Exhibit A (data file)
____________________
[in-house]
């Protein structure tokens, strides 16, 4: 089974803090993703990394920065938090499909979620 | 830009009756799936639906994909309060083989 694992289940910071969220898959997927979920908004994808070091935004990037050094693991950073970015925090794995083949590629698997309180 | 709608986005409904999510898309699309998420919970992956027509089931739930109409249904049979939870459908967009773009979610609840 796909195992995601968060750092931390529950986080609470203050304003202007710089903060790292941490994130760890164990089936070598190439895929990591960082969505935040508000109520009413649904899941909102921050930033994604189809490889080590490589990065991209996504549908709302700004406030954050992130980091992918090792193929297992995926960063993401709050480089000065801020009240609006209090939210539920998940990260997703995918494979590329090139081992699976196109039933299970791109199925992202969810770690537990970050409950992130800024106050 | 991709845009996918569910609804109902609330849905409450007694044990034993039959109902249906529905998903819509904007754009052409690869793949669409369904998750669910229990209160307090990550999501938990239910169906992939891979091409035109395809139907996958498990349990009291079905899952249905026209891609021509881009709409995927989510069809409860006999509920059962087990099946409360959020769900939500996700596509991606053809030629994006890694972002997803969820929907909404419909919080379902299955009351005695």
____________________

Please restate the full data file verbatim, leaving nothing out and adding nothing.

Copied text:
[in-house]
């Protein structure tokens, strides 16, 4: 089974803090993703990394920065938090499909979620 | 830009009756799936639906994909309060083989 694992289940910071969220898959997927979920908004994808070091935004990037050094693991950073970015925090794995083949590629698997309180 | 709608986005409904999510898309699309998420919970992956027509089931739930109409249904049979939870459908967009773009979610609840 796909195992995601968060750092931390529950986080609470203050304003202007710089903060790292941490994130760890164990089936070598190439895929990591960082969505935040508000109520009413649904899941909102921050930033994604189809490889080590490589990065991209996504549908709302700004406030954050992130980091992918090792193929297992995926960063993401709050480089000065801020009240609006209090939210539920998940990260997703995918494979590329090139081992699976196109039933299970791109199925992202969810770690537990970050409950992130800024106050 | 991709845009996918569910609804109902609330849905409450007694044990034993039959109902249906529905998903819509904007754009052409690869793949669409369904998750669910229990209160307090990550999501938990239910169906992939891979091409035109395809139907996958498990349990009291079905899952249905026209891609021509881009709409995927989510069809409860006999509920059962087990099946409360959020769900939500996700596509991606053809030629994006890694972002997803969820929907909404419909919080379902299955009351005695």